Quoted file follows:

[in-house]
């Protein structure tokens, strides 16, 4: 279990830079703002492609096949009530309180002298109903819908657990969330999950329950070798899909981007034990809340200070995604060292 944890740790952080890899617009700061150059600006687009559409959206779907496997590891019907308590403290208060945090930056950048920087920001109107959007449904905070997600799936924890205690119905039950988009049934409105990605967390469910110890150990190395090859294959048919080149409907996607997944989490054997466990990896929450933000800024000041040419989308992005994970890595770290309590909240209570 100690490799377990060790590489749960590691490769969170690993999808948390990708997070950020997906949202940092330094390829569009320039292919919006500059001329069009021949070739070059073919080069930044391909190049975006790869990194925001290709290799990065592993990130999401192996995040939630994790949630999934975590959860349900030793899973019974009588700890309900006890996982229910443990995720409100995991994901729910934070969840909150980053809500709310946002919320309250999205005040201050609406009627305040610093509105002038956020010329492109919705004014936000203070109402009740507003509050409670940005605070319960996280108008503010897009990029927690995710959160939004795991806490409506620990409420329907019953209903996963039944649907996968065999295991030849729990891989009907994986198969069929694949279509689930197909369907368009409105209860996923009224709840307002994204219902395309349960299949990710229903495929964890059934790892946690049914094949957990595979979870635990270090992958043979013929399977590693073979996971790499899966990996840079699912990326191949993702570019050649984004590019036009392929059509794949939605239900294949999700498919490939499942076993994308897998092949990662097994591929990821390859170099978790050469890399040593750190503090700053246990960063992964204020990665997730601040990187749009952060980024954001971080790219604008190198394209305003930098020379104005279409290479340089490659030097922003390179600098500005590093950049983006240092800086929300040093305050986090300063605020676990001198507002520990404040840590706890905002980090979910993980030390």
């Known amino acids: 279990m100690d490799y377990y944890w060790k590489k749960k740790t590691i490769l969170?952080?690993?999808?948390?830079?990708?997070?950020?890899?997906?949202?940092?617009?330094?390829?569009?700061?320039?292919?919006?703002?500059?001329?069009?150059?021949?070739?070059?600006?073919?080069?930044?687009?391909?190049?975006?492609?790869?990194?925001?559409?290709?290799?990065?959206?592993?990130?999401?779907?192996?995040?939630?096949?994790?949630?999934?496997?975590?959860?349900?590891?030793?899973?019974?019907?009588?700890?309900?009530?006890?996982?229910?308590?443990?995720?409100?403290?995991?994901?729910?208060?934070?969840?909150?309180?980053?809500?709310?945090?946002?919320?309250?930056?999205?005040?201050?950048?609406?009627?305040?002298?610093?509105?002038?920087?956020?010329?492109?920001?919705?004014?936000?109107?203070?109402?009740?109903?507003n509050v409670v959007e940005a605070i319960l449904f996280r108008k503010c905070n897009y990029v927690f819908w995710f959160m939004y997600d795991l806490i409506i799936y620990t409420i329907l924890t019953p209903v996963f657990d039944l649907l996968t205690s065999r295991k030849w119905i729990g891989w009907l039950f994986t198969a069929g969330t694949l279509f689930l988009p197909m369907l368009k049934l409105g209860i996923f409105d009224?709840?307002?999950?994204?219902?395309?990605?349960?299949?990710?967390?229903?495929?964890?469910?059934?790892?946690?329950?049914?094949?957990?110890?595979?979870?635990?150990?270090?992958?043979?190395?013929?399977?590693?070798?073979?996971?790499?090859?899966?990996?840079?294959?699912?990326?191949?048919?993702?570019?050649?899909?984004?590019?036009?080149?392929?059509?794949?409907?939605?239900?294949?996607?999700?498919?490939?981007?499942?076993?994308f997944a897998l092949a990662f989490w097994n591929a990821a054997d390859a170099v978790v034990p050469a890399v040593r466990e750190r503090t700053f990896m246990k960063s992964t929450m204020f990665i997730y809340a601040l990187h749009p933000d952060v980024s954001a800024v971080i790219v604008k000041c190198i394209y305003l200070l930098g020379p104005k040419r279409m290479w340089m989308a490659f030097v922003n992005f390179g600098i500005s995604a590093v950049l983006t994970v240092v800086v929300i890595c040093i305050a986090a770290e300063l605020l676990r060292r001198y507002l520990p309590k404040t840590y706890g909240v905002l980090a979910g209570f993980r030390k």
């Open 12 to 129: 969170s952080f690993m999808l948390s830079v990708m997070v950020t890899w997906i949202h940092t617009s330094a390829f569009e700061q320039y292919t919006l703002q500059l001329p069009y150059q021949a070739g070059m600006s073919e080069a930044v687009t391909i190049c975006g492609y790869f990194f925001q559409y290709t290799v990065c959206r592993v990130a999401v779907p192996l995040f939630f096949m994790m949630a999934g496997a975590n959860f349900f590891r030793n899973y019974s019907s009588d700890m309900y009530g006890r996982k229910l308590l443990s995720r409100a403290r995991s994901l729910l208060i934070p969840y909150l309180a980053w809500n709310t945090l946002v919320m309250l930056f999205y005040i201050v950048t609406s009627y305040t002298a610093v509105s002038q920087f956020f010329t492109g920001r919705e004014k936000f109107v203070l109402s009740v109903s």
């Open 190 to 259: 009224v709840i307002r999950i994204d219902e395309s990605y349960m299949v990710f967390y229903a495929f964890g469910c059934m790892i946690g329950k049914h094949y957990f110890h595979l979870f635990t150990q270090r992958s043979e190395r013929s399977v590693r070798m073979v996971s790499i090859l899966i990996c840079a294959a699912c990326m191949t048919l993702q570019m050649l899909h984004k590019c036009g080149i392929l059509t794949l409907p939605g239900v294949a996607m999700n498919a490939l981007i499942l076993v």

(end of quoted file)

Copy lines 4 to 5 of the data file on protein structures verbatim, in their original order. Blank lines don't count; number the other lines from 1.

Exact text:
């Open 12 to 129: 969170s952080f690993m999808l948390s830079v990708m997070v950020t890899w997906i949202h940092t617009s330094a390829f569009e700061q320039y292919t919006l703002q500059l001329p069009y150059q021949a070739g070059m600006s073919e080069a930044v687009t391909i190049c975006g492609y790869f990194f925001q559409y290709t290799v990065c959206r592993v990130a999401v779907p192996l995040f939630f096949m994790m949630a999934g496997a975590n959860f349900f590891r030793n899973y019974s019907s009588d700890m309900y009530g006890r996982k229910l308590l443990s995720r409100a403290r995991s994901l729910l208060i934070p969840y909150l309180a980053w809500n709310t945090l946002v919320m309250l930056f999205y005040i201050v950048t609406s009627y305040t002298a610093v509105s002038q920087f956020f010329t492109g920001r919705e004014k936000f109107v203070l109402s009740v109903s």
């Open 190 to 259: 009224v709840i307002r999950i994204d219902e395309s990605y349960m299949v990710f967390y229903a495929f964890g469910c059934m790892i946690g329950k049914h094949y957990f110890h595979l979870f635990t150990q270090r992958s043979e190395r013929s399977v590693r070798m073979v996971s790499i090859l899966i990996c840079a294959a699912c990326m191949t048919l993702q570019m050649l899909h984004k590019c036009g080149i392929l059509t794949l409907p939605g239900v294949a996607m999700n498919a490939l981007i499942l076993v």